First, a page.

Sunday is Veteran’s Day. And at the expense of writing about a topic I think will be covered heavily on most blogs Sunday, I am going to write today about being a veteran. I am a veteran. I joined the Navy at the age of 17. My mother signed the papers for me to enlist early…..(do you think that should have clued me in to something?????)….. For those of you who don’t know my *real* age, that means I joined the Navy in 1983. When I went in to the Recruiter’s office I was sure I wanted to be in the medical field and told them I wanted to be a NavyCorpsman. He said, “We need electricians, do you want to be an electrician?” “No, I want to be a Corpsman.” “Are you sure you don’t want to be an electrician??” At which point my mother stepped up and politely (but firmly) said, “She wants to be a Corpsman. So recruit her as a Corpsman, or we will go somewhere else.”
He looked over my ASVAB scores and said I could be a Corpsman, but I would have to take high school chemistry first. So I did. I went to a summer school class and took high school chemistry and then went back to the recruiter. I joined the Navy and was placed in the Delayed Entry Program until I left for Boot Camp on February 6, 1984.
Boot Camp was not too bad. Not fun, but not awful. I had two Company Commanders, but I only remember one of their names: AZ2 Creva Lee. One of the things my CC’s taught me was that I should be very proud to be a woman in the Navy and I should always wear my hat low on my head so I had to hold my head up high to see under the brim. That stuck with me all throughout my career. When I was in Boot Camp the women and men were separated and our Company Commanders were allowed to yell at us. I remember one time I had my leggings laced up incorrectly and good old AZ2 Lee snuck up behind me and yelled in my ear , “Kaufman, why are your leggings all FUCKED UP??” I nearly jumped out of my skin. You can better believe I got that shit squared away QUICK!!
Things have changed since then. Now males and females are housed together, train together, and the Company Commanders can no longer swear or yell. AND recruits are allowed to say when they are having a hard time and give a sign if they need a “training time out”. You have got to be fucking kidding me!! When I went through boot camp you took what was dished out, and I know it made us all stronger people when we left. They broke us down and then built us back up. We cried when we left and felt like a team. Where else can 80 perfect strangers spend 12 weeks together and end up a cohesive unit?? I am pretty sure the military leads in that regard.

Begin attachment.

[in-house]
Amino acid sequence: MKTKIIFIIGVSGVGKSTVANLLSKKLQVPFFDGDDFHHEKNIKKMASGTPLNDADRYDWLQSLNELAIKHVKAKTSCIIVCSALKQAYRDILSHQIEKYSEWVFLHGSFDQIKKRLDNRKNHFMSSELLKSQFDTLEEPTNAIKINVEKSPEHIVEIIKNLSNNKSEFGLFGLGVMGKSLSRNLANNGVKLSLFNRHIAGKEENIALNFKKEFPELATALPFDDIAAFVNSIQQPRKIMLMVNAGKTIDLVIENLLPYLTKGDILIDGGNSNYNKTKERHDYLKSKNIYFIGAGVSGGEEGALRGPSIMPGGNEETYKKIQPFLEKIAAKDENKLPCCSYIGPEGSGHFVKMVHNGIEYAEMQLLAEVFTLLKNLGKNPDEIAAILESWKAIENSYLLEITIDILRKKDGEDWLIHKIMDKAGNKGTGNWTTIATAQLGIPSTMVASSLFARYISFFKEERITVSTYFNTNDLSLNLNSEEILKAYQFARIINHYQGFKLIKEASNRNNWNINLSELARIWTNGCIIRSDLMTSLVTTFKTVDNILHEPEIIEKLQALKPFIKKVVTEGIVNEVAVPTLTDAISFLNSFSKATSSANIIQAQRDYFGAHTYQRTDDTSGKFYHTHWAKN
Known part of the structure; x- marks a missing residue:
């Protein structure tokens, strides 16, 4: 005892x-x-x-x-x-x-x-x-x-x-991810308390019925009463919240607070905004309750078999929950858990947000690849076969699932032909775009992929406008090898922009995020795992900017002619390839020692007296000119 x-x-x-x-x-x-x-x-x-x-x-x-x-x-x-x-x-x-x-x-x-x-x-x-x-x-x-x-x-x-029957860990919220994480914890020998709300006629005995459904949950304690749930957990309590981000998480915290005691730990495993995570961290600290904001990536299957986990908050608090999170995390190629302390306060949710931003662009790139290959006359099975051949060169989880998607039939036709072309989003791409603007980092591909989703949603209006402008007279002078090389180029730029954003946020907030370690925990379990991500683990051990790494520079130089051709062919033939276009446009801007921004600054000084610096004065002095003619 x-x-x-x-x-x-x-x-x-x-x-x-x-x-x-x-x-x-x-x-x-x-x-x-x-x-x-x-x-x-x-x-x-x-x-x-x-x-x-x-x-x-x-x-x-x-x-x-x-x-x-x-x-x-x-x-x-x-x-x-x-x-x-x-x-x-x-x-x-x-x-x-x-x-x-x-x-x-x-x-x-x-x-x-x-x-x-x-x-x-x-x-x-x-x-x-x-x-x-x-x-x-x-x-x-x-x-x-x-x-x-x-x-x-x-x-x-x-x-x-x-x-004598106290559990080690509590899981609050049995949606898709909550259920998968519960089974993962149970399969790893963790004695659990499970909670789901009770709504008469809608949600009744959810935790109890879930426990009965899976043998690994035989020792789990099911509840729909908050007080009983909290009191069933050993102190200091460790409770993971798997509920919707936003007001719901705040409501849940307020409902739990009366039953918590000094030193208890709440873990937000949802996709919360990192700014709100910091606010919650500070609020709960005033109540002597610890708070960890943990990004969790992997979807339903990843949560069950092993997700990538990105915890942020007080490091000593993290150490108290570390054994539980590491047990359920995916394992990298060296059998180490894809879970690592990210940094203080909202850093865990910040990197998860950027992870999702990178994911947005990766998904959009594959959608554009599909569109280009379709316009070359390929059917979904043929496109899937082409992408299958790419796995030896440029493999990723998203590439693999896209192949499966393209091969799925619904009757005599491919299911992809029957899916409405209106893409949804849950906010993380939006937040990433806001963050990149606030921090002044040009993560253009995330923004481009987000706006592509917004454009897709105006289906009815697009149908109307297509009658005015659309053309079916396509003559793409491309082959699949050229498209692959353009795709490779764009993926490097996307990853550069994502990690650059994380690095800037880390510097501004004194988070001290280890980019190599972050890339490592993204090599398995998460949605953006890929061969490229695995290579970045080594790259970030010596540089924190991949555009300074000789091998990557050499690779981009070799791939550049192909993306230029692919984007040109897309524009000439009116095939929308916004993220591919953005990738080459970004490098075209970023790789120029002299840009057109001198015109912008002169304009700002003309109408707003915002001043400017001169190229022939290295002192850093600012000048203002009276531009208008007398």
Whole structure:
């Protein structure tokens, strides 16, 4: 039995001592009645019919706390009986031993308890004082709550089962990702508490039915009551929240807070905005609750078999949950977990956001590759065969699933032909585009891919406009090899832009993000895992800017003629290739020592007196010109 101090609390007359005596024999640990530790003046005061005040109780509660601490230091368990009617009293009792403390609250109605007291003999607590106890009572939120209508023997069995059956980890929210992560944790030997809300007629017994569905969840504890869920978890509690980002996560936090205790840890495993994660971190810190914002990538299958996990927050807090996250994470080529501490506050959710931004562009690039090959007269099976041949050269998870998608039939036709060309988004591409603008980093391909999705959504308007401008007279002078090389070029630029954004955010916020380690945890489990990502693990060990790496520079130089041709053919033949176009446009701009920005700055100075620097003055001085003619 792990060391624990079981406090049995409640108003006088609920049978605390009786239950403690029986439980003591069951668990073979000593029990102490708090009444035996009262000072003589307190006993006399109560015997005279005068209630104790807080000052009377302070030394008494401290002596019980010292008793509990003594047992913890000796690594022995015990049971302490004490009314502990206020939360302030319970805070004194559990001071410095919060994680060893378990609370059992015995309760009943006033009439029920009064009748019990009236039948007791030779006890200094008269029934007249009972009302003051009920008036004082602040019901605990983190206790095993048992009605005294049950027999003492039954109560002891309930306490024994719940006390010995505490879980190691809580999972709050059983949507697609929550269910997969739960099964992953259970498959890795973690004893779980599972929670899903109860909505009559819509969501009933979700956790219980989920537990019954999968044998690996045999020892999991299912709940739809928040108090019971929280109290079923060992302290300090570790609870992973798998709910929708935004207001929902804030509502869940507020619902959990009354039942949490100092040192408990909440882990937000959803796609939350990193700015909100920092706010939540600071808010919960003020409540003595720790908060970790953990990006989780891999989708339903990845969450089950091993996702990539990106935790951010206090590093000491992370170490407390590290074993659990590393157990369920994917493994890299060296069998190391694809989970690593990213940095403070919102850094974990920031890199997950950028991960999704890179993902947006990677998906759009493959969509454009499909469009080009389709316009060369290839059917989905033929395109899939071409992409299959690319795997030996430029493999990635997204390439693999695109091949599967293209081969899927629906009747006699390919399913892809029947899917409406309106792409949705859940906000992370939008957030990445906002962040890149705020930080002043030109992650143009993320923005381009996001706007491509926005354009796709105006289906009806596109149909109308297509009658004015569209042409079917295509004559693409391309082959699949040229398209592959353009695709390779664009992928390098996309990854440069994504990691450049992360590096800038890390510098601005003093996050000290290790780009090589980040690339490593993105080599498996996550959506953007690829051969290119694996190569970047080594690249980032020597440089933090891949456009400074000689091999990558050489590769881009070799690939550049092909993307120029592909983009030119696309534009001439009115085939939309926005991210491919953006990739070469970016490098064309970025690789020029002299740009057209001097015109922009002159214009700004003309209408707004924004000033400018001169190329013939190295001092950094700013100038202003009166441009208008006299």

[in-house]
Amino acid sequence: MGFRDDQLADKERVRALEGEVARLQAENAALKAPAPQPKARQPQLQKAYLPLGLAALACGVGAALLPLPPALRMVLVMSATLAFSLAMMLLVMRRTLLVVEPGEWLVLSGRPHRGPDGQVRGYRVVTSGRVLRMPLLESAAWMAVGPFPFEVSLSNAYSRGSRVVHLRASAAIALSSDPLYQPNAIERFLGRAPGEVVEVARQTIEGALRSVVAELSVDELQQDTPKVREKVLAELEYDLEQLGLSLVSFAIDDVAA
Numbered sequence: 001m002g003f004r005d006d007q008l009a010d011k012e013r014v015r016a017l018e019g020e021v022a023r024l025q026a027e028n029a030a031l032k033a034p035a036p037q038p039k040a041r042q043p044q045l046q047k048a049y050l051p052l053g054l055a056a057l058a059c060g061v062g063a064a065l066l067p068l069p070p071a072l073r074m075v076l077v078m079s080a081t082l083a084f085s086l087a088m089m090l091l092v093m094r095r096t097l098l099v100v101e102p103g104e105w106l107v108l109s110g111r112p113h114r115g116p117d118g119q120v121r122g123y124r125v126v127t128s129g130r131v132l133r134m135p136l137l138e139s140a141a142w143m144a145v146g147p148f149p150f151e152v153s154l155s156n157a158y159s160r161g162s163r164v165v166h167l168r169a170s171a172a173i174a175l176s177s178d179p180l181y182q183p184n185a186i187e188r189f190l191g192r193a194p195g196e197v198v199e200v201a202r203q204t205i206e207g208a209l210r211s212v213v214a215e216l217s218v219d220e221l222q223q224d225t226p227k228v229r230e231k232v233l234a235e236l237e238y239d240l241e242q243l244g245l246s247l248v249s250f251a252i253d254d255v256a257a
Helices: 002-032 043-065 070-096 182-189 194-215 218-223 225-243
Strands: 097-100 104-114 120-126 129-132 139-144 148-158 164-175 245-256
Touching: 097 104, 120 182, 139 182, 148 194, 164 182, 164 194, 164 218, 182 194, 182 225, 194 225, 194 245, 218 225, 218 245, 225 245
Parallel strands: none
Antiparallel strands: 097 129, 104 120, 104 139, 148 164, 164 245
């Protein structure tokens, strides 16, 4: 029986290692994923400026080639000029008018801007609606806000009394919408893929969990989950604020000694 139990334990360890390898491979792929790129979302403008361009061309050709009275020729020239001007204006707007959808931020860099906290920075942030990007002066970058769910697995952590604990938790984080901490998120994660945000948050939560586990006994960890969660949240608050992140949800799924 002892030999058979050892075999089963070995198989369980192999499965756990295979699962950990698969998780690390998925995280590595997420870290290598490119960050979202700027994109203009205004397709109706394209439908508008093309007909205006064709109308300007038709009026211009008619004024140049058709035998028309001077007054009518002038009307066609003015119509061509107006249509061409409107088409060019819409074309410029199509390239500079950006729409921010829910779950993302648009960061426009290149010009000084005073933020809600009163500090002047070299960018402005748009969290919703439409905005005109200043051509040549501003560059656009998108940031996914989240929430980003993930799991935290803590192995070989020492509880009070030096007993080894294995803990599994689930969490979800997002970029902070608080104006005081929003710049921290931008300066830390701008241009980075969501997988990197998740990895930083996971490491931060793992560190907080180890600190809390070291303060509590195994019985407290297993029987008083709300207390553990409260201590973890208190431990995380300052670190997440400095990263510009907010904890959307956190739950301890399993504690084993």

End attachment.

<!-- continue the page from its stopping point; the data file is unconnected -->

The Navy I joined in 1984 was a VERY different one than the Navy I retired from in December 2004. When I joined, men wore beards, there was no drug policy and people would go out to lunch and have a beer with their meal, then go back to work. The Navy was mostly men, and there were St Pauli girl posters and Farrah Fawcett posters and Dallas Cowboy Cheerleader posters up in almost every office. Men were allowed to call you “honey” or “sweetie” and the men were told their families “didn’t come in their sea-bag.” Women didn’t serve on ships and they CERTAINLY did not serve in combat zones. Oh how times have changed!
I was in the Navy during the TailHook scandal that forever changed the military’s attitude about sexual harassment. I saw the posters come down and people (men) stopped calling me “honey”. Of course as with any policy change, it went too far in the other direction, but eventually settled somewhere in the middle. I was on Active Duty when women started being stationed on ships, and I was there during the FIRST Gulf War with Iraq in 1990. I served under 4 different Commander In Chief’s, and 14 Secretaries of the Navy. I lived in 9 different states, and moved almost every three years. I spent 10 years as a “black shoe” which is the seagoing Navy, and 10 years as a “brown shoe”, which is aviation. (although I did love Aviation more).
I was trained as an Navy Corpsman, an EEG Technician, a Derm Technician, an instructor, an Aviation Medicine Technician and a whole plethora of other duties. I worked at clinics, hospitals, Reserve Centers, squadrons and even served two weeks of temporary duty on the USS Constellation. (that was before women were allowed on carriers, so I had to have special permission from the Commanding Officer to work on board for 10 days while their Aviation Med, Tech was in leave). I will say that for a young single woman, being the only one on a ship full of men was good for my ego……. I was the prettiest one for once…… !!
My Navy career spanned for 20 years, and took me to places I would never have otherwise gone. Bahrain, Spain, Amsterdam, among others. It was an amazing time in my life, and I have never regretted my decision to join!!
When I retired and went to work in a civilian job it took me over a year to stop saying things like, “Roger that”, and “aye aye”, and to stop calling the hallways “passageways” and stairs “ladders”. To this day I still use the terms “skylarking” and “scuttlebutt”.
Yesterday when I was leaving my job at the Dermatologist office, I happened to hear people shouting. I looked over to my left as I walked to my car and noticed a group of young people standing in ranks outside of the recruiting station. They were shouting. I distinctly heard one of them shout, “Recruit Jones, To call the Officer of the deck in any case not covered by instructions, General Order 9, Petty Officer.” Then all the recruits shouted it. I realized they were reciting the “11 General Orders of a Sentry” I smiled, and silently wished them all as wonderful a career as I had!
To all those who have served, I thank you!!! To all those who have loved ones who have served, I thank you too! Without your sacrifice and support, we could not do our jobs to the best of our ability!!